The accelerating interest in Italian wine has led to changes in the way it is made and marketed. Once producers were mostly interested in local sales, the purchaser would decide to buy or not after tasting. Now vintners must cater for international tastes and rely on various forms of labelling to inform the buyer. Here is a short guide to the terms used when discussing Italian wine.
The label. A new world winery label will normally show the producer and the grape. Something like "Leaping Frog Winery" Cabernet. For most Italian wine the label will have producer and the type of wine, Vino Nobile di Montepulciano for instance. This tells a whole story about where the wine is produced the grapes used and the production method. In the case of Vino Nobile the wine must:
- Be produced within the commune of Montepulciano
- At an altitude of 250 metres to 600 metres above sea level
- Contain a minimum of 70% Sangiovese grapes (Prugnolo varietal)
- The remaining percentage from a list of approved grapes
- Maximum production of 8 tons per hectare
- Spend two years aging in wooden barrels (there can be exceptions to this)
- May not be sold until January 1st of the second year after its harvest
- Must be bottled within the Commune boundaries
- Must have an alcohol content of at least 12.5%
The list goes on and becomes very specialised concerning what bottles it can be sold in, irrigation (not allowed) additives (very few, no sugar) and so forth.
This is the organisation responsible for deciding all the rules and allowing changes over time. It is elected by the wine growers. It also promotes the wine and checks that standards are maintained. Most wines have a single consorzio, some such as Chianti have more dividing up the large area of production.
DOCG - Denominazione di Origine Controllata e Garantita
Denominazione di Origine Controllata e Garantita is the top level of official approval, apart from having been seen to have obeyed all the rules it is subjected to a blind tasting to make sure it is up to scratch. In a good year it can be promoted to being a "Riserva" though it might have to be aged longer.
DOC - Denominazione di Origine Controllata
Denominazione di Origine Controllata is the next level down which shows the wine is made under the accepted rules but does not have to be tasted by experts.
ITG - Indicazione Geografica Tipica
Indicazione Geografica Tipica is a relatively new description denoting the area of production.
VTD - Vino da Tavola
Vino da Tavola can be pretty much anything and will normally have a lower alcohol content than the others
Super Tuscan Wine
Super Tuscan is a wine made in Tuscany but not by any of the consorzio rules. Most are inventions of the wine maker and of high quality. The majority are blends using grapes not historically present in Italy. Before the ITG label was introduced these had to be sold as table wine.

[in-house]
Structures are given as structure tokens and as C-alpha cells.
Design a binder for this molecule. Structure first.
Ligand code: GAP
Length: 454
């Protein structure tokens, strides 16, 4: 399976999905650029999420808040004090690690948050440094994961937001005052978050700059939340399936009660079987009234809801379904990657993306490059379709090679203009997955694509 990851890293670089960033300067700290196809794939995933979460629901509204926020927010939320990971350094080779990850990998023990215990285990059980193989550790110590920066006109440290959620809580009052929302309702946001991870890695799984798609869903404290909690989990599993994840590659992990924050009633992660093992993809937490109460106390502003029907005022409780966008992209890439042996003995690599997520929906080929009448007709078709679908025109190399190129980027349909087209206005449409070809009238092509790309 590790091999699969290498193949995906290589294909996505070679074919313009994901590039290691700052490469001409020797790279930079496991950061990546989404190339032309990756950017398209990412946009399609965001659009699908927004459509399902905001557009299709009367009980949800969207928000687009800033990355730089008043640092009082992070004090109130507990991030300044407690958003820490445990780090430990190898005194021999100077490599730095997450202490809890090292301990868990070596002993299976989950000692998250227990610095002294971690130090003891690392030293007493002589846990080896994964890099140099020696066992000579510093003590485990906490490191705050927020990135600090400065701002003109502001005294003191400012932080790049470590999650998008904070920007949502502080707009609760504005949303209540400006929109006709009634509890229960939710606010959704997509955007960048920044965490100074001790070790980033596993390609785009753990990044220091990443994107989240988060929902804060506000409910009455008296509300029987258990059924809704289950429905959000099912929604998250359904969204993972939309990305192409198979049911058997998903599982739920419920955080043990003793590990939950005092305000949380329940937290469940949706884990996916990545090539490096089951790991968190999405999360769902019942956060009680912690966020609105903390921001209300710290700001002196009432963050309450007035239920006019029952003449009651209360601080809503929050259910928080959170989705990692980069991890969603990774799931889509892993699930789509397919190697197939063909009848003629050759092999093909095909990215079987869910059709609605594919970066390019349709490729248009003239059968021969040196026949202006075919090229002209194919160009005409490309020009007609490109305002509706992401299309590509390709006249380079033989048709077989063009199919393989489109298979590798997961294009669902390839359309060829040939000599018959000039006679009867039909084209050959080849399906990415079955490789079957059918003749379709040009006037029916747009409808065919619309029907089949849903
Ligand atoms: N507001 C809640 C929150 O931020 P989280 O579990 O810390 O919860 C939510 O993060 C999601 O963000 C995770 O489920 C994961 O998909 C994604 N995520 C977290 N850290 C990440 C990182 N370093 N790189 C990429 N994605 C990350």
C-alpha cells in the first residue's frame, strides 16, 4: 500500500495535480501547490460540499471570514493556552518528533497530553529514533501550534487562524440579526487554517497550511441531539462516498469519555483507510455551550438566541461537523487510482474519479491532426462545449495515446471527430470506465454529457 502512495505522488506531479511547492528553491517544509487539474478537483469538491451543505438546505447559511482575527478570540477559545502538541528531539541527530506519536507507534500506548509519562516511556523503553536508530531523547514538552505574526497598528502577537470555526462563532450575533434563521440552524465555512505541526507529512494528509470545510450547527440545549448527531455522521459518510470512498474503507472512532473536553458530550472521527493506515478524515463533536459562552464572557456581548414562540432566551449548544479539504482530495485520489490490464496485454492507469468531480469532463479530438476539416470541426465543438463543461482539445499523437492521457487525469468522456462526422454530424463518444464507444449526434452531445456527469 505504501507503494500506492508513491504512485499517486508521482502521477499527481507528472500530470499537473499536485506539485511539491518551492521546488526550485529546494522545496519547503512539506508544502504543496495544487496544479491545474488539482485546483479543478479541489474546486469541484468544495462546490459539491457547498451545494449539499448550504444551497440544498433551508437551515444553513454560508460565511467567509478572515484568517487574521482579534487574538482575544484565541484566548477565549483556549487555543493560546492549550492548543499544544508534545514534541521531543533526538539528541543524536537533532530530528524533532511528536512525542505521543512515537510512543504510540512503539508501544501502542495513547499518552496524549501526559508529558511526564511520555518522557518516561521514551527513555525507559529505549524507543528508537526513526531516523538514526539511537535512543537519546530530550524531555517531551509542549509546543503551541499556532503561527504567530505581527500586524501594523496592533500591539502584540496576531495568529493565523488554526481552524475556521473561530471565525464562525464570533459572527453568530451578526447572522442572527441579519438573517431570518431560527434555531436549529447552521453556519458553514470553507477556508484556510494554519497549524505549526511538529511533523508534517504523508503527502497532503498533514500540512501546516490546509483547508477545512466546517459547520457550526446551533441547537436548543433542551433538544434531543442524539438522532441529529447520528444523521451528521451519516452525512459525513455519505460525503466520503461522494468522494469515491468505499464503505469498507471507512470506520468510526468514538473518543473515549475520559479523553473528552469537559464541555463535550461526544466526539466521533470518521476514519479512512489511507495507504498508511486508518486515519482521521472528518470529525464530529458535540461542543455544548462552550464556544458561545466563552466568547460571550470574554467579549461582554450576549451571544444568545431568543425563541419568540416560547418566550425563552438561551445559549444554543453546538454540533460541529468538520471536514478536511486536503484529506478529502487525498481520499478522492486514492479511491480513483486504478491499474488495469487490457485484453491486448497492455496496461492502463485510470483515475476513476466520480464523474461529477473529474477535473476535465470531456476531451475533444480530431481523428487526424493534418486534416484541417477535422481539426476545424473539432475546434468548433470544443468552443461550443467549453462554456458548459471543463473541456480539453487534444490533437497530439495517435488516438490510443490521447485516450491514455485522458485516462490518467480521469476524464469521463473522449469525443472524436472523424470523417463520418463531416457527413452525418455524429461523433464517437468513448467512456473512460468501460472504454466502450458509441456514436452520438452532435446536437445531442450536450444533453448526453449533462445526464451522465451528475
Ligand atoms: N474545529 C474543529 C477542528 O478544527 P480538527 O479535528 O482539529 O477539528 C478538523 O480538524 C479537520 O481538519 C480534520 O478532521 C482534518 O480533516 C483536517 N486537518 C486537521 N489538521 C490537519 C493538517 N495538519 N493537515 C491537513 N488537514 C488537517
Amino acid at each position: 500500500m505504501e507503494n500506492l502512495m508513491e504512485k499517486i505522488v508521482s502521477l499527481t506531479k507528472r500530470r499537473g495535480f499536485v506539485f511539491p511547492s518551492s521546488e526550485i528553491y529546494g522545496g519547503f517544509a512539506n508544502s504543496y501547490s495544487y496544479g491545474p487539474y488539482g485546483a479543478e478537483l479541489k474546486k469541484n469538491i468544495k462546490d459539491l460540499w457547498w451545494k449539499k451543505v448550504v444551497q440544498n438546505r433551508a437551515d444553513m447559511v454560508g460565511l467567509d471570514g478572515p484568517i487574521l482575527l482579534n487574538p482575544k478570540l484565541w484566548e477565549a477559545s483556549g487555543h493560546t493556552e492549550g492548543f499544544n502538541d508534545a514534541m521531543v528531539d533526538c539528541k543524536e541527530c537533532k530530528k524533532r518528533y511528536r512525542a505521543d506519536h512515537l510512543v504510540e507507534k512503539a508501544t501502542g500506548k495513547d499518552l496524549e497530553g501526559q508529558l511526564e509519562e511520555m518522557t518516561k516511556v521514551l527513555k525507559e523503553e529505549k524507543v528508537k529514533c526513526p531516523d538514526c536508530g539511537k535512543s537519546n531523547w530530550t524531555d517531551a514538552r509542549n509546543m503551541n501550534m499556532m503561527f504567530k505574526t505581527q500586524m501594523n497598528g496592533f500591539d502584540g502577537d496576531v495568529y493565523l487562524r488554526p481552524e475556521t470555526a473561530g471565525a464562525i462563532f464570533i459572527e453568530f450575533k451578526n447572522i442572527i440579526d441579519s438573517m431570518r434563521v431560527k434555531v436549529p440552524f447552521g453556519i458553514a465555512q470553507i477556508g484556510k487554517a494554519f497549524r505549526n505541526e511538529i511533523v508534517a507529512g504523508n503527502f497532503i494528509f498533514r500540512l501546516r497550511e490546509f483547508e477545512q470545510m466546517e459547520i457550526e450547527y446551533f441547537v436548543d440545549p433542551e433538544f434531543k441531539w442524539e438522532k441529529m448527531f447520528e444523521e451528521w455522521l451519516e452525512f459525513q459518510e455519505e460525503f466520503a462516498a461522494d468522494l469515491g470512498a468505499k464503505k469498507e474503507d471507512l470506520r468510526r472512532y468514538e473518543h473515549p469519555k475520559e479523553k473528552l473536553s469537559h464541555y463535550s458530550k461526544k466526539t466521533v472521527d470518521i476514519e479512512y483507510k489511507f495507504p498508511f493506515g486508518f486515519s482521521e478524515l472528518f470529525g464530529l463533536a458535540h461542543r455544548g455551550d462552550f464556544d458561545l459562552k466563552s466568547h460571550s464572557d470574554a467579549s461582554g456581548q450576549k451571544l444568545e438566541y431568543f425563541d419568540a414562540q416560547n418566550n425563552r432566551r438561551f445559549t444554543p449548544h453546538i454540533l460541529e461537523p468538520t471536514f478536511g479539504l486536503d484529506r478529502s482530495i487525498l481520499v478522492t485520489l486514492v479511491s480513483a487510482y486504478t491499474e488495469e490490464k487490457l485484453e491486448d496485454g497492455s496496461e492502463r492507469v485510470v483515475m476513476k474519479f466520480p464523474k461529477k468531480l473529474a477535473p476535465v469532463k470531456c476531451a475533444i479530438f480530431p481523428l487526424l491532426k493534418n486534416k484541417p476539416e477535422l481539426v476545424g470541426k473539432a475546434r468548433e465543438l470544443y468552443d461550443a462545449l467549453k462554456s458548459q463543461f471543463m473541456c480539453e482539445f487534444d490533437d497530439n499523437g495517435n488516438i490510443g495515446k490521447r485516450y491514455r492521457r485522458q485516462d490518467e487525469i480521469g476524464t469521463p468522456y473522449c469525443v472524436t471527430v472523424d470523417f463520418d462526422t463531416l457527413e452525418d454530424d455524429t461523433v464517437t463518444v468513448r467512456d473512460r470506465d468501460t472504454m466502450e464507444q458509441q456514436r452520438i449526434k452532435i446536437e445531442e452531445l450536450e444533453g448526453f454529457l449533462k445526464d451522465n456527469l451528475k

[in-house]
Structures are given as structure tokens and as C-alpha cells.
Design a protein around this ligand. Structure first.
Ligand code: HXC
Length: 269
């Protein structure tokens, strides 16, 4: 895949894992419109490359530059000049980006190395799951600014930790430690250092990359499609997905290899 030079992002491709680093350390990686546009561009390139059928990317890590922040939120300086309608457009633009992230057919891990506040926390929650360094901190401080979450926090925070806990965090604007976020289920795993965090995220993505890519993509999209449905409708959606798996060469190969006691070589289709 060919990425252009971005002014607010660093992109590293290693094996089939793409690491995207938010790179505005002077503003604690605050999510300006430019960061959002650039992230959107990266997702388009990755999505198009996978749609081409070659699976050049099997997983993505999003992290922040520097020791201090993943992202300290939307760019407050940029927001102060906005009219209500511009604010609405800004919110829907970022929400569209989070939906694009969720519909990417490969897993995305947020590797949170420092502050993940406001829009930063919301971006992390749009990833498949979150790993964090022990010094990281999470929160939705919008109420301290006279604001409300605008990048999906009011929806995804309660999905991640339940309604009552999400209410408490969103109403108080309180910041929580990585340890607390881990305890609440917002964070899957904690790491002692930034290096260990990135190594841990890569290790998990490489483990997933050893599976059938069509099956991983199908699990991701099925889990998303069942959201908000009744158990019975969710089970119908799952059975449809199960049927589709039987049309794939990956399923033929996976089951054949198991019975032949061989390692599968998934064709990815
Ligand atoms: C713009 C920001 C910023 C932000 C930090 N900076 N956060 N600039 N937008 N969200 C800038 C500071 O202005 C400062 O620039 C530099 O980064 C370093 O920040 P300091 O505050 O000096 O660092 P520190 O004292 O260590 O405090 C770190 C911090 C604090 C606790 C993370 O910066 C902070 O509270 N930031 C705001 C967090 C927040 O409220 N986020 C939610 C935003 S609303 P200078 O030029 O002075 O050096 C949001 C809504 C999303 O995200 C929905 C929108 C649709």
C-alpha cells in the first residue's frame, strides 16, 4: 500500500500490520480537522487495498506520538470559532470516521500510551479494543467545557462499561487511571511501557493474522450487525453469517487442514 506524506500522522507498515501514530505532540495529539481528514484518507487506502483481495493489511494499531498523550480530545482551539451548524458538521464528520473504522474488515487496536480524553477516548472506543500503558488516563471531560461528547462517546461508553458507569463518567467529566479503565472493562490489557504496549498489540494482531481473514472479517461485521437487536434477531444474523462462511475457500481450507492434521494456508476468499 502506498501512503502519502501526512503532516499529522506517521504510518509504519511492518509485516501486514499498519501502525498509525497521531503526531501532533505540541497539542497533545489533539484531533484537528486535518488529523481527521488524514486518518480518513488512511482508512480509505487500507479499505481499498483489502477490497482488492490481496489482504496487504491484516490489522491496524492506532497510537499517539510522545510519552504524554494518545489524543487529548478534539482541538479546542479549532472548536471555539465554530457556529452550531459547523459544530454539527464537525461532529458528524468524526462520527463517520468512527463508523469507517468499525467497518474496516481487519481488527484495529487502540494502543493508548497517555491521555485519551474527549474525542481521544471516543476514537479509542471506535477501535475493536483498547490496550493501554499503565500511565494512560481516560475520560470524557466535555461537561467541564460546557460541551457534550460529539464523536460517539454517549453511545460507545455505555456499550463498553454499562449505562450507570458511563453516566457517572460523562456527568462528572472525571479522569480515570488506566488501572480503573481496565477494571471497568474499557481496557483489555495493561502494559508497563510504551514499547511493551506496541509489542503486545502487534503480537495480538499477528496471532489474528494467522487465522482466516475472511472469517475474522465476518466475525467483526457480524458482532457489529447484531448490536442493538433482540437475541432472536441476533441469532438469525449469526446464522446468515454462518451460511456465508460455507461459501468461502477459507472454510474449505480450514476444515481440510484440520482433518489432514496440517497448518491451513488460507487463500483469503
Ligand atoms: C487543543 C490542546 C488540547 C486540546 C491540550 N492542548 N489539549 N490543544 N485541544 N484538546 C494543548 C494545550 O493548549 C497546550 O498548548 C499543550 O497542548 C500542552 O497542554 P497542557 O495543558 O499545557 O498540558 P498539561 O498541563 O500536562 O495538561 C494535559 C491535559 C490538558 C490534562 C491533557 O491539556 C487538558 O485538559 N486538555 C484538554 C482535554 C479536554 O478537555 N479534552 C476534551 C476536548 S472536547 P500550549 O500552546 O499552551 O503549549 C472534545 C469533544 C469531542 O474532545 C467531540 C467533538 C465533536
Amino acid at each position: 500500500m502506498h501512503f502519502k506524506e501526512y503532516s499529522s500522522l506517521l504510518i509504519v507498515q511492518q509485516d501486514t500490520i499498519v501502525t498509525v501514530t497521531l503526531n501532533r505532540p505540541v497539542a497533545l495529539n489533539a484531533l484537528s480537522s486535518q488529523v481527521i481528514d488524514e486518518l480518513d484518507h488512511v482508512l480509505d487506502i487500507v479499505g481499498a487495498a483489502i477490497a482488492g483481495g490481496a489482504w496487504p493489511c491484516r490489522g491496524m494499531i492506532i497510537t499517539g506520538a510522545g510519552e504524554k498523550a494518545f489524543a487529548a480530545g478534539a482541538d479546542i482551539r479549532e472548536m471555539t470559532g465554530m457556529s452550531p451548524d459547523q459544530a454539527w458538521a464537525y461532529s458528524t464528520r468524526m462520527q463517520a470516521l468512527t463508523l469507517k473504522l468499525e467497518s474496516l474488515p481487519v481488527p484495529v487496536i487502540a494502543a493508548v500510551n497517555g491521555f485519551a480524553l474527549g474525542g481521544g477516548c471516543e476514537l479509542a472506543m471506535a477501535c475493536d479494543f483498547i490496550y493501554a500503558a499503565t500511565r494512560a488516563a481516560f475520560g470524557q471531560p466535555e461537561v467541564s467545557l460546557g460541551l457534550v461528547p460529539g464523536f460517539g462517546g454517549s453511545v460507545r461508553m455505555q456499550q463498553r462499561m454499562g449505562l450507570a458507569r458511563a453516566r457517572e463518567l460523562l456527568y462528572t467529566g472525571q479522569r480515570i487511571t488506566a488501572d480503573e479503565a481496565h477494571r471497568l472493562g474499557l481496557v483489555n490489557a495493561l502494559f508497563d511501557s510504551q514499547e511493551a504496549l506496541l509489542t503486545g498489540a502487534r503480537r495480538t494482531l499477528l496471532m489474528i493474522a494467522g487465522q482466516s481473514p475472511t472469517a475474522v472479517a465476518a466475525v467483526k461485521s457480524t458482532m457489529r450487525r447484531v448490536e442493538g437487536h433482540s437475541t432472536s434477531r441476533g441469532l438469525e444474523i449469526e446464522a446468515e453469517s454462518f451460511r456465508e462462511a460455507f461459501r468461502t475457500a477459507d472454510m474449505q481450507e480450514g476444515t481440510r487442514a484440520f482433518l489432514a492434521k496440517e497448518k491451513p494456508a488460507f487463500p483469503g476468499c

The Wine Seal
The Seal is a slip of paper around the neck of the bottle or over the top of it, often pink. These are given by the consorzio to the wine maker, only enough for the amount of land under vines. It helps to stop over production and the code number can be used to trace the bottles history, some times on-line at the consorzio site.
Wine Corks and Caps
Most wine is consumed within a couple of years of production, for these almost any kind of cap is fine, unfortunately a lot of good cork is used to bottle these leaving a shortage for the wine that really needs it. If young or poor quality cork is used it can ruin the bottle hence the move towards plastic "corks" and screw tops. It's probably too early to tell whether wine aged a long time will suffer from these. Recently, ways to sterilise cork have been developed making it less likely to go bad.
Aging wine in the barrel
Barrels were used as a robust way to store and transport wine. But barrels also alter the wine. First by leaching tannin, which helps to preserve it. Secondly by allowing a micro infiltration of oxygen, which stabilizes the wine molecules. A high alcohol content is also recommended if the wine is to keep and travel. This is probably why foreign consumers tend to be familiar with and like wine with a lot of alcohol and tannin. Large Slavonian oak barrels were traditional in Italy, but now the use of smaller Barrique made of French or American oak is common. They speed up the process, the greater ratio of surface to volume makes for rapid tannin transfer, the more open grain for a faster oxygen infiltration, these always leave a slight vanilla after taste.
Aging wine in the bottle
When wine has just been bottled, the sloshing around and exposure to the air make it unsettled for a while, its taste very different from what it will become after resting a few months. As time goes on, if it is left in peace, some of the constituents such as the tannins will combine together producing a smoother taste. Other chemicals form, creating different flavours that give a greater complexity and a flavour which seems to remain longer in the mouth. Few wines will gain much after their fifth year in the bottle though they may maintain their quality for years after.
Spumante is the fizzy wine of Italy. There are three ways of making fizzy wine. The simplest is to pump carbon dioxide into an existing wine. The result tends to make a fizz that is very energetic but not long lasting. Italian wines labelled "Methodo Classico" are made the same way as Champagne. The wine undergoes a secondary fermentation in the bottle, which is held at about 45� cork down. Once a day it is turned and thumped on the bottom to send the sediment down to the neck, after three years this is frozen and extracted. Prosecco is created with a similar process but rather than in a bottle the secondary fermentation happens in a stainless steel tank.
Ordering wine in Italy
Though it can be great fun to taste all sorts of different wines, if you are eating at a trattoria or inexpensive restaurant the best choice is often the house wine. It tends to be local, young and not too heavy, just the thing if you intend doing anything else but have a nap afterwards. It wouldn't travel or age well but is the sort of thing people will be drinking at home in the area.